10. Justin Bieber performs on stage two days after Michael Jackson’s death

    Justin Bieber has angered the online community after performing on stage just days after Michael Jackson’s death.

    One instagram user wrote “you stupid ****, you can’t sing! Stop trending on Twitter, ****!”, while another said “All Beliebers are **** because I happen to enjoy a different kind of music”.

    Others simply abused the pop musician, with many comments removed.

    The singer had already written on Twitter that his prayers are with his family.


  11. Luca must have said this this way on purpose.
    “I think that Fernando knows that he drives not for himself but for Ferrari. And Raikkonen knows that he is in the second half of his career, two very important years for him, with experience and responsibilities.”

  12. I simply don’t get the way Hamilton is perceived at the moment. OK, he has transitioned from the innocent young megastar, Senna reborn to some, to a “blinged up” fan of rap music, tattooes and “expressin’ himself”, but isn’t that his prerogative? Why should his every move be criticized for that? Isn’t that “in” with youth of this world? I can’t help but think that the F1 community, of which I mean the fans and the journalists, are becoming somewhat snobby. Is that why the “Frome charmer” has got more fans than “hip-hop Hamilton”, even though Button is unquestionably not on Hamilton’s level behind the wheel? But then again surely Raikkonen’s popularity is solely based on individuality, so why is Hamilton persecuted by the media for that same individuality? All I see in Lewis is a well-rounded, if complex, young man with a well-measured, if emotive, head on his shoulders.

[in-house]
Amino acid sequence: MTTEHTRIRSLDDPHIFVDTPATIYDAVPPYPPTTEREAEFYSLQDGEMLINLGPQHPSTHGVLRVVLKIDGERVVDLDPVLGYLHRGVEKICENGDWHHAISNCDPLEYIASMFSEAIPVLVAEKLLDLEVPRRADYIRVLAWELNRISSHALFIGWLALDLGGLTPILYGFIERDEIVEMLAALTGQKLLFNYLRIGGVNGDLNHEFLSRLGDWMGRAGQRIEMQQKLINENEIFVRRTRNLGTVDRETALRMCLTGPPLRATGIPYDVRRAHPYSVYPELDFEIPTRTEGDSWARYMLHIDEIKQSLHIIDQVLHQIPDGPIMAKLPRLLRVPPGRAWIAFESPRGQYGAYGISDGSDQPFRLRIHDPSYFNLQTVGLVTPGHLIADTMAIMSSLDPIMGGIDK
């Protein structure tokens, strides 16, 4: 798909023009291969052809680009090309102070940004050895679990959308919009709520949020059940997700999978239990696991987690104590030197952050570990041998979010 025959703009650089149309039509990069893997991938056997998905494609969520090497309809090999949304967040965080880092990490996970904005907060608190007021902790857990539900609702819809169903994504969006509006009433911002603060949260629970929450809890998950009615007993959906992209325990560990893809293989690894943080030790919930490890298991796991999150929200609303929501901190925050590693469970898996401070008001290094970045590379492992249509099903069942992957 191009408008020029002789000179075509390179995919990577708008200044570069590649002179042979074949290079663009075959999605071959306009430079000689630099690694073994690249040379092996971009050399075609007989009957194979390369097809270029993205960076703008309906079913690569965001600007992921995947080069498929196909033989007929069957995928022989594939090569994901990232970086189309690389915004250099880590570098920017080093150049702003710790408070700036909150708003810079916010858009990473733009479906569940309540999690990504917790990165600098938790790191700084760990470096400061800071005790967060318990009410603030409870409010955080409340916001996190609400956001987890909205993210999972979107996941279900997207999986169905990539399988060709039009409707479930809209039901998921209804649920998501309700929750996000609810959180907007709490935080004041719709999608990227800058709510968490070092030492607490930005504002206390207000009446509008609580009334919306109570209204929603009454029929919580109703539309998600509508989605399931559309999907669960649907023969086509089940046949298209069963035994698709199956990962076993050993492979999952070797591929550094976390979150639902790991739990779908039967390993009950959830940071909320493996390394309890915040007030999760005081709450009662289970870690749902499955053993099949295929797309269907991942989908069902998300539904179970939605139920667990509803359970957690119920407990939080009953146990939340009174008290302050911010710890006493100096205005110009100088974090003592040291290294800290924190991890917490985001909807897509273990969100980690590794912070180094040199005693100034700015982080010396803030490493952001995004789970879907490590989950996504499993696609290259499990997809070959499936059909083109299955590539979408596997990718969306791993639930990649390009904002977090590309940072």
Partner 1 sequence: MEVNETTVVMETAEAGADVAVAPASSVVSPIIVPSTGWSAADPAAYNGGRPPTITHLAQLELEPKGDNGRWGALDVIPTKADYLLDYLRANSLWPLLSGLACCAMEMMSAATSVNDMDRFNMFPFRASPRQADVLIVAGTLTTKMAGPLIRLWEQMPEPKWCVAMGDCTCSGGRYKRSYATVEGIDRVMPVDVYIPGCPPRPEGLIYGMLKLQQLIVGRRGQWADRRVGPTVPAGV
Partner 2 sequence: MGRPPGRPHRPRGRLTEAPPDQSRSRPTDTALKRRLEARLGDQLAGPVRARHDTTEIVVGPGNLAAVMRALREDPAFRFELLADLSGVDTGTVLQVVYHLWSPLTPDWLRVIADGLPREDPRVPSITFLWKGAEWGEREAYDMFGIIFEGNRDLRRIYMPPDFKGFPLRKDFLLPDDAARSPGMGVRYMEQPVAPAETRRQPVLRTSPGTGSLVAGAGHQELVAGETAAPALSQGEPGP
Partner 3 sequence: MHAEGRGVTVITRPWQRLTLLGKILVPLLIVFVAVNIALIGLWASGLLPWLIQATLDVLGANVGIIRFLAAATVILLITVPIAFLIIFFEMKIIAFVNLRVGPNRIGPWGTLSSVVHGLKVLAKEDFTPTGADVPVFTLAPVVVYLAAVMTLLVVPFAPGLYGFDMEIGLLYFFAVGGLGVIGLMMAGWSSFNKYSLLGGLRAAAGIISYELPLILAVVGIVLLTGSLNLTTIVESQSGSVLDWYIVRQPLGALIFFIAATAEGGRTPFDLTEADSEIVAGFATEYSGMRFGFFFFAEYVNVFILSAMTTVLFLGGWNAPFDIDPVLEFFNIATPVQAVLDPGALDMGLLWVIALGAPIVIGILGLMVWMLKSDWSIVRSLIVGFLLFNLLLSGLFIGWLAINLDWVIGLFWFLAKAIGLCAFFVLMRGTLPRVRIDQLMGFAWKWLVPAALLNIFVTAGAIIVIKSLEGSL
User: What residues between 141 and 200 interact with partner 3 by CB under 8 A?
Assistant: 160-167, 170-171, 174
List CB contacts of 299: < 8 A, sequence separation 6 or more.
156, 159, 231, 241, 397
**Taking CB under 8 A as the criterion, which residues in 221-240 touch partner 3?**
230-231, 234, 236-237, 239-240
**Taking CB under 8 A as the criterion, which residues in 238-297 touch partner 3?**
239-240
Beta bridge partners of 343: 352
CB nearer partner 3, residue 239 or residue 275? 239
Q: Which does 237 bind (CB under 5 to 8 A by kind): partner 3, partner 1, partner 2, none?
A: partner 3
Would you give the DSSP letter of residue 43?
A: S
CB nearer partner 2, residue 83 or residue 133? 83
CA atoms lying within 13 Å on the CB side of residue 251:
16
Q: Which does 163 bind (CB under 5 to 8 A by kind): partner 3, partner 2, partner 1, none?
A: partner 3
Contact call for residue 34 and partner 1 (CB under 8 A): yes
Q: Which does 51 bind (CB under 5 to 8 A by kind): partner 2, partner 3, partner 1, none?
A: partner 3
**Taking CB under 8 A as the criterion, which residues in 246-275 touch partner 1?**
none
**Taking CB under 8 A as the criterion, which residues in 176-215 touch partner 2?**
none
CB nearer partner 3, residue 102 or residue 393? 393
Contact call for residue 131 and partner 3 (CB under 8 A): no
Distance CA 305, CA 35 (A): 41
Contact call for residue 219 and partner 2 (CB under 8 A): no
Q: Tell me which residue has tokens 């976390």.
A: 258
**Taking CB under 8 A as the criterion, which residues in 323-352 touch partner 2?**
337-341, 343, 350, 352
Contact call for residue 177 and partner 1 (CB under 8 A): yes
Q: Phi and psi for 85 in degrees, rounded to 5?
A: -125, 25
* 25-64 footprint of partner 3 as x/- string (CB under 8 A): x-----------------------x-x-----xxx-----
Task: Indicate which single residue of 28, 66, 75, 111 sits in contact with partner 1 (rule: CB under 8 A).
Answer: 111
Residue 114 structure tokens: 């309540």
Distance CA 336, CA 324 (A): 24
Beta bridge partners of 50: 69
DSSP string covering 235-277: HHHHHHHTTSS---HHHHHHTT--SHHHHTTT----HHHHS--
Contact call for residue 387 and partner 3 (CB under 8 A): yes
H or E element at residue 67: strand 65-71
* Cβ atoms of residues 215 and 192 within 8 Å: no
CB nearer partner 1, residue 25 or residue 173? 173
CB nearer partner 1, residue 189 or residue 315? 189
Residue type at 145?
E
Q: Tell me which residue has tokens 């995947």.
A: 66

1. @william-brierty Maybe because Raikkonen’s individuality remained unchanged over the years, that is his personality, he’s not playing any roles but himself. And that’s what many people (unconciously maybe) appreciate in a person – simplicity and being natural. Hamilton on the other hand is like that teeneage kid who desperately tries to affiliate himself with a ‘group’. Back in 2008 he was doing the ‘good boy Senna wannabe’, telling the media how he fells like a role model for youngsters, now he’s playing the ‘hip-hop tatooed guy’ and he’s probably yet to decide between a goth and an emo in the future :) Of course he has the right to his life choices (and who are we to judge him) even if sometimes these sudden shifts look ridiculous to some people.
      Don’t mean to be hateful towards Lewis, it’s just the way I perceive his personality at the moment.

      1. @klaas – I don’t agree at all with the way in which you assume Lewis’ new persona is anything other than truly natural. Why would it not be? What motive did he have to abandon his former innocence, other than a pursuit of personal interests and goals? F1 drivers are not music stars, they’re are not sculpted to suit a certain audience demographic, they are simply honed to go faster, so it seems fanciful to me to assume that what Hamilton is is anything than what he wants himself to be.

        Yes, consistency in a personality can be appealing for fans in order for them to put drivers into character boxes, although on that basis you must remember that Raikkonen hasn’t always been his direct, monosyllabic, unsociable and sometimes rude self. That only really emerged after the media attention started to grate against him following his championship win in 2007, but before that, yes, he was quiet and preferred to say little, but he was not in the least bit rude. I think the only dynamic factor in the driver’s personalities other than shifts in interests are fluctuations in media attention, as graphically demonstrated by Alonso following his 05/06 championship wins, or by Webber in his competitive Red Bull years. The very fact that Button managed to prove that heightened media attention doesn’t necessarily translate into an insular personality is much to his credit, and definitely a factor in his popularity.